Human Journalism – best articles from periodismohumano.com

By Patricia Simon / Photographs:  Javier Bauluz

Translated by European Revolution

Police trying to enter the building about to be evicted. (Javier Bauluz / Piraván)


The 15M movement of Gijón (in the north of Spain) had called for a gathering on July 7th in front of some of the city’s banks to protest for their “greed and responsibility in the crisis we are living“, as one of the participants stated. At that same time, Ángel T.P. was heading for the the city’s court to see if his petition to delay the eviction from his house had been accepted. The eviction had been set for midday by another court, so that very morning, when he found no answer to his petition, he went with little hope to one of the permanent information points set up by the movement in front of the Town Hall. Thanks to social networking and the coincidence that a protest was being held at exactly the same time, merely one hour later 40 people were occupying the stairway of his building, stopping an eviction for the first time in Asturias.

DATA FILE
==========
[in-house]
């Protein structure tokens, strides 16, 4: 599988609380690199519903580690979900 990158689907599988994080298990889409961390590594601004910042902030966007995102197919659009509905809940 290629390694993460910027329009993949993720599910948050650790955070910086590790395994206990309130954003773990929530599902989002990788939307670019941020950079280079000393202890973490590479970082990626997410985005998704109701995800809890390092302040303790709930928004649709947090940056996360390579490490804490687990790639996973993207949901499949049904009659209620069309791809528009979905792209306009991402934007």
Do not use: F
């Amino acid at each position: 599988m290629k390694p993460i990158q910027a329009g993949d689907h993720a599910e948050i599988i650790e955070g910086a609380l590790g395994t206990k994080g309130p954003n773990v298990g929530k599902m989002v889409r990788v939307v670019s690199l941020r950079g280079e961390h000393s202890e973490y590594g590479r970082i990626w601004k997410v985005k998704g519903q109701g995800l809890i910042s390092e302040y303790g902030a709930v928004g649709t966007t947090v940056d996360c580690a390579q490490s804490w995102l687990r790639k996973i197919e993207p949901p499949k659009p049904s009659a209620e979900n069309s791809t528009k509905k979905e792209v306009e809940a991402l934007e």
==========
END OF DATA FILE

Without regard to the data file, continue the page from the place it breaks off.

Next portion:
Ángel lives in a house being reclaimed by Banco Pastor together with his wife and two children (10 and 19 years old respectively). He says that economic problems started a year ago, when he lost his job and was unable to pay the monthly fees of the 108 thousand euro mortgage he signed, and that, with all added expenditures, went up to 180 thousand. His house was auctioned but, as tens of thousands of homes in Spain, was taken up by the bank as there was no buyer. However, without going into detail, he explains that in the last weeks he has managed to rack up part of the money and deposit it into his account, only to find that the bank was no longer interested in stopping his eviction.